But, based on my own experience with Office on Windows Phone, the suite is not really in its own element on a small display. iPhone users are most likely to run the app just to perform quick edits and (in the most-optimistic scenario) create very short and basic documents, presentations or spreadsheets. Office would really shine on bigger screens, however Microsoft doesn't want iPad users to actually use it. I've asked the software giant to explain the iPhone-only design and here is the company's response.
As you’ll know by now, Microsoft today announced the launch of Office Mobile for Office 365, an iOS app which allows users to access, view and edit Word, Excel and PowerPoint documents -- provided you have an Office 365 subscription.
We took it for a spin and despite the limitations, were actually pleasantly surprised. There’s plenty of functionality in the app to explore. The app can view Office documents stored on SkyDrive, SkyDrive Pro, or SharePoint, for instance, as well as documents which arrive as email attachments. It syncs with your other Office 365 devices, too, so documents you’ve read elsewhere will appear on your phone’s Recent Documents panel, and when you open one it’ll resume at whatever point you left off.
Seven months ago, when rumors burned hot, I explained why "Microsoft Office for Android and iOS is a Trojan Horse" -- that any mobile suite would be all about the cloud service. Sure enough, today Microsoft released the strangely named "Office Mobile for Office 365 Subscribers" to the App Store.
Office 365 is the productivity suite's future. Microsoft now claims to be a "devices and services" company. Smartphones are devices, Office 365 is a service and required for the iOS app. What more reasoning is needed? The Redmond, Wash.-based company provides more functionality than I predicted, but does so strictly in mobile context that doesn't diminish the PC product. That said, what Microsoft gives to iOS should be withheld from Android.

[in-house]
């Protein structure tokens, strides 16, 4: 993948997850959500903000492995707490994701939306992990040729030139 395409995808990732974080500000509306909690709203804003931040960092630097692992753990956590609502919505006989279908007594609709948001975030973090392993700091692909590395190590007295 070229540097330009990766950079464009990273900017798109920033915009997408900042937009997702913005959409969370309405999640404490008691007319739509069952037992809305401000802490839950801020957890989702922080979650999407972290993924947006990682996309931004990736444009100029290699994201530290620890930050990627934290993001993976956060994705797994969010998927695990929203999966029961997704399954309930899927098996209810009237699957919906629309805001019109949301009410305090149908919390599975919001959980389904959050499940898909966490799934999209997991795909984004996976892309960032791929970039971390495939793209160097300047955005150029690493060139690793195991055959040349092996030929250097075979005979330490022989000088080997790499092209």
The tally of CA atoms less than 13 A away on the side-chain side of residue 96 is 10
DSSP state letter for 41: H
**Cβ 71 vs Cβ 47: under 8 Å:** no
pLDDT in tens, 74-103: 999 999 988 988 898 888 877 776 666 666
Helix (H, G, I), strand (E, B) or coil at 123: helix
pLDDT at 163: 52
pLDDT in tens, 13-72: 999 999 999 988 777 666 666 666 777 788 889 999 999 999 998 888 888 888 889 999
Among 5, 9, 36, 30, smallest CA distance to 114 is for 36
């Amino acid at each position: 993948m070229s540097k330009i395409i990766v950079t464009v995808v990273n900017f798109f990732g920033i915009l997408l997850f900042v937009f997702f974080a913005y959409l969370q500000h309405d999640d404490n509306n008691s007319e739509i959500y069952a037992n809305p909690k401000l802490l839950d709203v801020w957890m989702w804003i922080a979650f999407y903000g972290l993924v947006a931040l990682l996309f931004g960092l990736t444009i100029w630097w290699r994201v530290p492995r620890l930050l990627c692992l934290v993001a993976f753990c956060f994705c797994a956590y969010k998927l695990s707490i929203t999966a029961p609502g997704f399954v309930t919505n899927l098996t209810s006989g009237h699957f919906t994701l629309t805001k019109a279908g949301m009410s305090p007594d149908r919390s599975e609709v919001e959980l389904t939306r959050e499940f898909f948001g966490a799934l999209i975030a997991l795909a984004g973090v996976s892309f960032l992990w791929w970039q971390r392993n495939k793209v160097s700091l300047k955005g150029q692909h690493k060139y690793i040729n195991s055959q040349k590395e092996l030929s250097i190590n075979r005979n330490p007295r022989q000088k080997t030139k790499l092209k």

The much talked about iOS version of Microsoft Office finally arrives in the App Store today. While that sounds like great news for anyone hoping to at last be able to (officially) use Word, Excel or PowerPoint on the iPad, you may wish to curb your enthusiasm, as there are some serious limitations with this release.
It's only available in the US for starters (coming to other territories "soon"), and you need to be an Office 365 subscriber to use it. Also it's only optimized for the small screen.
Microsoft continues its battle for your retail dollars. Not only has the company set up store fronts in malls around the country, as well as pop-up locations during this past holiday season, but now seeks other outlets. The software giant is invading your local big box store, announcing custom stores within Best Buy.
The company's Brandon LeBlanc lets us know, "today, we announce a strategic partnership to create the Windows Store only at Best Buy, a comprehensive store-within-a-store in 500 Best Buy locations across the United States and more than 100 Best Buy and Future Shop locations in Canada".